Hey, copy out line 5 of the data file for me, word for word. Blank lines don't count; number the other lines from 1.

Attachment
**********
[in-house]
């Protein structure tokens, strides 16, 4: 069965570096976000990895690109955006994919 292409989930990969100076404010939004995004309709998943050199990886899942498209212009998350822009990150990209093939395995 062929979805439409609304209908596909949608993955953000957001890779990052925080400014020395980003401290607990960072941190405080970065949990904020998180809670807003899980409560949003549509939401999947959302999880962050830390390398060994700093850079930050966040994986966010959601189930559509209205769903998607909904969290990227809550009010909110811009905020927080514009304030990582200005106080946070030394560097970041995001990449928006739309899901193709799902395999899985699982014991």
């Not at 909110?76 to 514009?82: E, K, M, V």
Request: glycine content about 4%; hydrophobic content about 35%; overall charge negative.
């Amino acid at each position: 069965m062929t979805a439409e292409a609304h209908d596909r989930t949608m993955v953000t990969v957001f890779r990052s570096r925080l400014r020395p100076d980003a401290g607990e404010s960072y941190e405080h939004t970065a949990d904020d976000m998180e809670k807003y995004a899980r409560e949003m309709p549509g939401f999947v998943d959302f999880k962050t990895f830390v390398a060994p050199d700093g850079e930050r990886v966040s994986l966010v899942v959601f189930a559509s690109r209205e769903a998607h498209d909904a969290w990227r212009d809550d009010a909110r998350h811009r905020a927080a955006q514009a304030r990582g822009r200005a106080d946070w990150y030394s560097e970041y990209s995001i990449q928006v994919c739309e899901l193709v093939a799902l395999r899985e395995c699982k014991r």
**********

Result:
């Amino acid at each position: 069965m062929t979805a439409e292409a609304h209908d596909r989930t949608m993955v953000t990969v957001f890779r990052s570096r925080l400014r020395p100076d980003a401290g607990e404010s960072y941190e405080h939004t970065a949990d904020d976000m998180e809670k807003y995004a899980r409560e949003m309709p549509g939401f999947v998943d959302f999880k962050t990895f830390v390398a060994p050199d700093g850079e930050r990886v966040s994986l966010v899942v959601f189930a559509s690109r209205e769903a998607h498209d909904a969290w990227r212009d809550d009010a909110r998350h811009r905020a927080a955006q514009a304030r990582g822009r200005a106080d946070w990150y030394s560097e970041y990209s995001i990449q928006v994919c739309e899901l193709v093939a799902l395999r899985e395995c699982k014991r």